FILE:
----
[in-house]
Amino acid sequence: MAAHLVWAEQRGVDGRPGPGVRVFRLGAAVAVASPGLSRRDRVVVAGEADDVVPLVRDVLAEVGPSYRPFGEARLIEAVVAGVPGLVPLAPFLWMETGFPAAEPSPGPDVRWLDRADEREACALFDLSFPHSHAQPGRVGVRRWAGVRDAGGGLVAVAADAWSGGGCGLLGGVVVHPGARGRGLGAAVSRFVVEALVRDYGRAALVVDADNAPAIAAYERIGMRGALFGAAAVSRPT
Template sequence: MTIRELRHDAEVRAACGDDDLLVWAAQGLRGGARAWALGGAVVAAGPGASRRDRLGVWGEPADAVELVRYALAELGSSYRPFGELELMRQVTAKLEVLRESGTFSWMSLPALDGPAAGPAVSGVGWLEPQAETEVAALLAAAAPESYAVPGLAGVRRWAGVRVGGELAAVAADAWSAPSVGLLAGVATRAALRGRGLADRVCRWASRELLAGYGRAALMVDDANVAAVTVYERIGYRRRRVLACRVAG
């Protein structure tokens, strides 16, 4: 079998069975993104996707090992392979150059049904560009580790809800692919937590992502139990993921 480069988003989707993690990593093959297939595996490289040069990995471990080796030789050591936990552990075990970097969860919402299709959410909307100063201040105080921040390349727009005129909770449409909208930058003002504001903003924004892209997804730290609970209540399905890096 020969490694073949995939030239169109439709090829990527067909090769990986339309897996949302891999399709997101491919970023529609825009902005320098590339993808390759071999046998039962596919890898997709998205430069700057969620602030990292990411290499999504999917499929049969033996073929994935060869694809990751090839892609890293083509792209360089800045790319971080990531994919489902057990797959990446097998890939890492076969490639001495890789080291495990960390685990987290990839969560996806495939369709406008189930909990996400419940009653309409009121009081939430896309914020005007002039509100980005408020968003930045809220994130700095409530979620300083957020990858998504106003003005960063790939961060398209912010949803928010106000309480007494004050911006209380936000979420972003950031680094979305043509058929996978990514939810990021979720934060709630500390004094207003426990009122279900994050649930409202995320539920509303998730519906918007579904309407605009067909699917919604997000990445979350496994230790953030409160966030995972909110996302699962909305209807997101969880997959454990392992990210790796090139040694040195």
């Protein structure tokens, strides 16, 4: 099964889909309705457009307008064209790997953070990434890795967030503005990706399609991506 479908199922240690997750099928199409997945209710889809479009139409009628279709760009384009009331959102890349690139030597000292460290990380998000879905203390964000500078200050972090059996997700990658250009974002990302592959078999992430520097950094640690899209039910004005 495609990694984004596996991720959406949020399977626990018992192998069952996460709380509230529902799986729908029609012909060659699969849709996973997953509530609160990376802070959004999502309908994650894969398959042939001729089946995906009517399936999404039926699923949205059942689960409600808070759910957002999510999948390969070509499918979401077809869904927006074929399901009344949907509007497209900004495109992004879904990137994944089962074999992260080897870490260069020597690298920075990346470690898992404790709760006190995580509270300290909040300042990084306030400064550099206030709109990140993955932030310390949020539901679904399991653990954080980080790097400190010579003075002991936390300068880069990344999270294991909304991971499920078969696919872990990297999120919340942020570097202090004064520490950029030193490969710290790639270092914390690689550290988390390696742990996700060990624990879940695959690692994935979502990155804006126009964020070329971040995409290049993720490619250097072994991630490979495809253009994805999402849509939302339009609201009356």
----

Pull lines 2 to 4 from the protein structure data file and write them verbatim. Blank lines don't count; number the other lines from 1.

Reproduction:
Amino acid sequence: MAAHLVWAEQRGVDGRPGPGVRVFRLGAAVAVASPGLSRRDRVVVAGEADDVVPLVRDVLAEVGPSYRPFGEARLIEAVVAGVPGLVPLAPFLWMETGFPAAEPSPGPDVRWLDRADEREACALFDLSFPHSHAQPGRVGVRRWAGVRDAGGGLVAVAADAWSGGGCGLLGGVVVHPGARGRGLGAAVSRFVVEALVRDYGRAALVVDADNAPAIAAYERIGMRGALFGAAAVSRPT
Template sequence: MTIRELRHDAEVRAACGDDDLLVWAAQGLRGGARAWALGGAVVAAGPGASRRDRLGVWGEPADAVELVRYALAELGSSYRPFGELELMRQVTAKLEVLRESGTFSWMSLPALDGPAAGPAVSGVGWLEPQAETEVAALLAAAAPESYAVPGLAGVRRWAGVRVGGELAAVAADAWSAPSVGLLAGVATRAALRGRGLADRVCRWASRELLAGYGRAALMVDDANVAAVTVYERIGYRRRRVLACRVAG
């Protein structure tokens, strides 16, 4: 079998069975993104996707090992392979150059049904560009580790809800692919937590992502139990993921 480069988003989707993690990593093959297939595996490289040069990995471990080796030789050591936990552990075990970097969860919402299709959410909307100063201040105080921040390349727009005129909770449409909208930058003002504001903003924004892209997804730290609970209540399905890096 020969490694073949995939030239169109439709090829990527067909090769990986339309897996949302891999399709997101491919970023529609825009902005320098590339993808390759071999046998039962596919890898997709998205430069700057969620602030990292990411290499999504999917499929049969033996073929994935060869694809990751090839892609890293083509792209360089800045790319971080990531994919489902057990797959990446097998890939890492076969490639001495890789080291495990960390685990987290990839969560996806495939369709406008189930909990996400419940009653309409009121009081939430896309914020005007002039509100980005408020968003930045809220994130700095409530979620300083957020990858998504106003003005960063790939961060398209912010949803928010106000309480007494004050911006209380936000979420972003950031680094979305043509058929996978990514939810990021979720934060709630500390004094207003426990009122279900994050649930409202995320539920509303998730519906918007579904309407605009067909699917919604997000990445979350496994230790953030409160966030995972909110996302699962909305209807997101969880997959454990392992990210790796090139040694040195």